Besides empolying lignin monomer compounds in HDO reaction, the HDO of lignin dimer model compounds were also extensively studied. There are mainly three types of aryl-ether linkages in lignin dimers, and the order of the bond dissociation energies follow: α-O-4 (~215 kJ/mol) < β-O-4 (~290 kJ/mol) < 4-O-5 (~330 kJ/mol) [62]. Liang and co-workers reported the HDO of diphenyl ether, used as a model compound to investigate the C-O bond cleavage of a 4-O-5 aryl ether (the Caryl-O bond with the highest bond dissociation energy) over Ni/xNb/AC catalysts. The diphenyl ether was almost entirely transformed into cyclohexane with a 67% selectivity at a W/F (weight of catalyst: feedgas flowrate) of 27.5 min. The aromatic rings were first hydrogenated and then the C-O bond started to break [35]. The main products of the HDO of lignin model compound over Ni-based catalysts supported on neutral or acid support were alkanes such as cyclohexane, toluene, ethylcyclohexane etc., as shown in Table 1. However, cyclohexanol was obtained as a major product in HDO of guaiacol over Ni/MgO catalyst, indicating that the base carrier probably supresses the dehydration process [50].
β-O-4 linkage is the most abundant C-O bond in lignin, occurring with a frequency of approximately 43% (softwood) to 65% (hardwood) [63]. Xu et al. investigated the cleavage of β-O-4 lignin dimer model compound 2-phenoxy-1-phenylethanone over Ni/ZnO-Al2O3 with varying Zn/Al ratios at 250 °C and under 2 MPa of H2 atmosphere [42]. The high selectivity of ethylcyclohexane was obtained over Ni/ZnO-Al2O3-5 and the conversion reached 100%. Two parallel competitive pathways were elucidated: (a) the reaction mainly proceeds through the hydrogenation of the keto group in β-O-4 ketone to produce β-O-4 alcohol rather than hydrogenolysis of β-O-4 ether bond at low temperature; (b) the substrate first was cleaved into acetophenone and phenol via the hydrogenolysis step at a relatively high temperature. The possible pathway was displayed in Figure 10. Recently, Zhao and Lercher investigated the HDO of a series of phenolic momers with a selectivity to cyclohexanes in the range of 73–92% and good stability was observed over Ni/HZSM-5 at 250 °C and 5.0 MPa H2 [47]. Meanwhile, this catalyst was used in converting phenol dimers and the selectivity of C6-C8 hydrocarbons exceeds 60%.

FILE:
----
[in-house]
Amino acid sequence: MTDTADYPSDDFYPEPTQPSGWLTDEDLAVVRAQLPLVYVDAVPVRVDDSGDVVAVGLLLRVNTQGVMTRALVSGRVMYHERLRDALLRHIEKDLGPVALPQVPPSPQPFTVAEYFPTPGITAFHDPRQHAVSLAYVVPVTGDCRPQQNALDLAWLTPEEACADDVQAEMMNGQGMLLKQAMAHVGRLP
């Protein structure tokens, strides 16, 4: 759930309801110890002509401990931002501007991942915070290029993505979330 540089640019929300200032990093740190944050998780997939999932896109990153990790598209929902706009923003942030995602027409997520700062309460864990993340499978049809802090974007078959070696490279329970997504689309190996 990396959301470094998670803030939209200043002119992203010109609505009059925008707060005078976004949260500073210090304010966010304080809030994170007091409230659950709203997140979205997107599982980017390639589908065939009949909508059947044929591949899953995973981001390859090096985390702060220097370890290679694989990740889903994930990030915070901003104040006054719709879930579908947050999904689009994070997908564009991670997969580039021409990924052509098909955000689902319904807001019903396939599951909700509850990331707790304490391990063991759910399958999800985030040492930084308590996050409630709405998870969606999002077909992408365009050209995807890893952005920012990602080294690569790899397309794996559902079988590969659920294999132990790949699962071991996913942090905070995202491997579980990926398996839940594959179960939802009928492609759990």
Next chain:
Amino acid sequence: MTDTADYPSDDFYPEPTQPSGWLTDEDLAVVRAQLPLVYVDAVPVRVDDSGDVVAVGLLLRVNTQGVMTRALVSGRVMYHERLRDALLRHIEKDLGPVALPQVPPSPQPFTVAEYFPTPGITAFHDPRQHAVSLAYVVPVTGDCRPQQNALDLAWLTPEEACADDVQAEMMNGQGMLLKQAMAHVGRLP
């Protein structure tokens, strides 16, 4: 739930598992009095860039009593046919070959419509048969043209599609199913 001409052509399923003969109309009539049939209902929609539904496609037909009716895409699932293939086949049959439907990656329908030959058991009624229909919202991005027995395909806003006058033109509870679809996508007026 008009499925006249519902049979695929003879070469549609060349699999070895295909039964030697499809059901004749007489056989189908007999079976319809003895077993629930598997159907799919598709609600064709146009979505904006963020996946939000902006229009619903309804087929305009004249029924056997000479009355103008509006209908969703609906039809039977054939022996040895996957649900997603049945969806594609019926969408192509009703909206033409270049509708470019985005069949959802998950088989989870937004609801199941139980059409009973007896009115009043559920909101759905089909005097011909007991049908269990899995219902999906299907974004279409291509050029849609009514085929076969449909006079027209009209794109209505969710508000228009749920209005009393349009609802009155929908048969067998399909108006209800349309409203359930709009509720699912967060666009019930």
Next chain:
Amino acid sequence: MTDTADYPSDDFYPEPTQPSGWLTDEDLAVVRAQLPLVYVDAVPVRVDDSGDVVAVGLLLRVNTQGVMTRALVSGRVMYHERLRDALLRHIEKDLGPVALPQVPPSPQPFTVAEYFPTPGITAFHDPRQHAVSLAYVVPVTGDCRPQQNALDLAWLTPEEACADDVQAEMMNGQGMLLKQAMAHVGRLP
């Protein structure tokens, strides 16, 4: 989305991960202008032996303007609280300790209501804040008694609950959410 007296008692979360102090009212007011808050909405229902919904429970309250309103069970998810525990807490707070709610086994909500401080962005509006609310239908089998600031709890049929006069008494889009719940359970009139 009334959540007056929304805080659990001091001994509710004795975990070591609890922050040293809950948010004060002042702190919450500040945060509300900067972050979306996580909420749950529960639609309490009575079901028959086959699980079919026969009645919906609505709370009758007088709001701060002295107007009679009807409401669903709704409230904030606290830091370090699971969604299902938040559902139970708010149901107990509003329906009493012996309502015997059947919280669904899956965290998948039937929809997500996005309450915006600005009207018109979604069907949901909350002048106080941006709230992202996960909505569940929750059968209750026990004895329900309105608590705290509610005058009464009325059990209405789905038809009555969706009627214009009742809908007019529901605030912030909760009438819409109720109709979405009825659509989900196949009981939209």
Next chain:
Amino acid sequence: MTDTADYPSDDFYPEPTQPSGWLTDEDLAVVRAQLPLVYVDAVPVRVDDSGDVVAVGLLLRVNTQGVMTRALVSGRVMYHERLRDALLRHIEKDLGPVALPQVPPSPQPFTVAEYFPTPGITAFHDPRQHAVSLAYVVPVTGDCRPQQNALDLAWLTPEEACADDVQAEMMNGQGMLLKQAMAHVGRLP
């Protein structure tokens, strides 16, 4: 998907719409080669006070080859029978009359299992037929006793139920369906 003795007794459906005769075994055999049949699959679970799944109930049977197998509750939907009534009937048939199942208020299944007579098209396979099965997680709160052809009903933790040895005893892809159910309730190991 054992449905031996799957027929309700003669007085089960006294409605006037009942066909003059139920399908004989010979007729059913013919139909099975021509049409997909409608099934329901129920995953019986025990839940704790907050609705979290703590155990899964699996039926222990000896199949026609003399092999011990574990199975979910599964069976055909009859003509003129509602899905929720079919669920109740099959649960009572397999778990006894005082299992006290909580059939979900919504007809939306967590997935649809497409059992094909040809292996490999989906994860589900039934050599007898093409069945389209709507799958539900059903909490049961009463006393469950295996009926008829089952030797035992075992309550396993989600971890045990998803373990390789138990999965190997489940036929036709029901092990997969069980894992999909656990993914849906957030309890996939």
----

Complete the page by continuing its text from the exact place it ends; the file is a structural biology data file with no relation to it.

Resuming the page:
Transition metal phosphide such as Ni2P had also been applied in the HDO of lignin-derived feedstock recently [54,55,56,57]. The superiority of these transition metal Ni phosphide catalysts were high activity and low cost compared to noble metal catalysts. Richard and co-workers studied the HDO of cresol isomers (i.e., m-cresol, p-cresol, o-cresol) over Ni2P/SiO2 and found that the reactivity of cresols followed the order: m-cresol > p-cresol > o-cresol. This could be explained by the fact that the HDO route was more influenced by the position of the methyl group than HYD route [56]. Besides, the author proposed that Brønsted acidic sites (probably PO-H groups) as well as Lewis acidic sites (Niδ+ species) were involved in dehydration and isomerization reactions, respectively [56].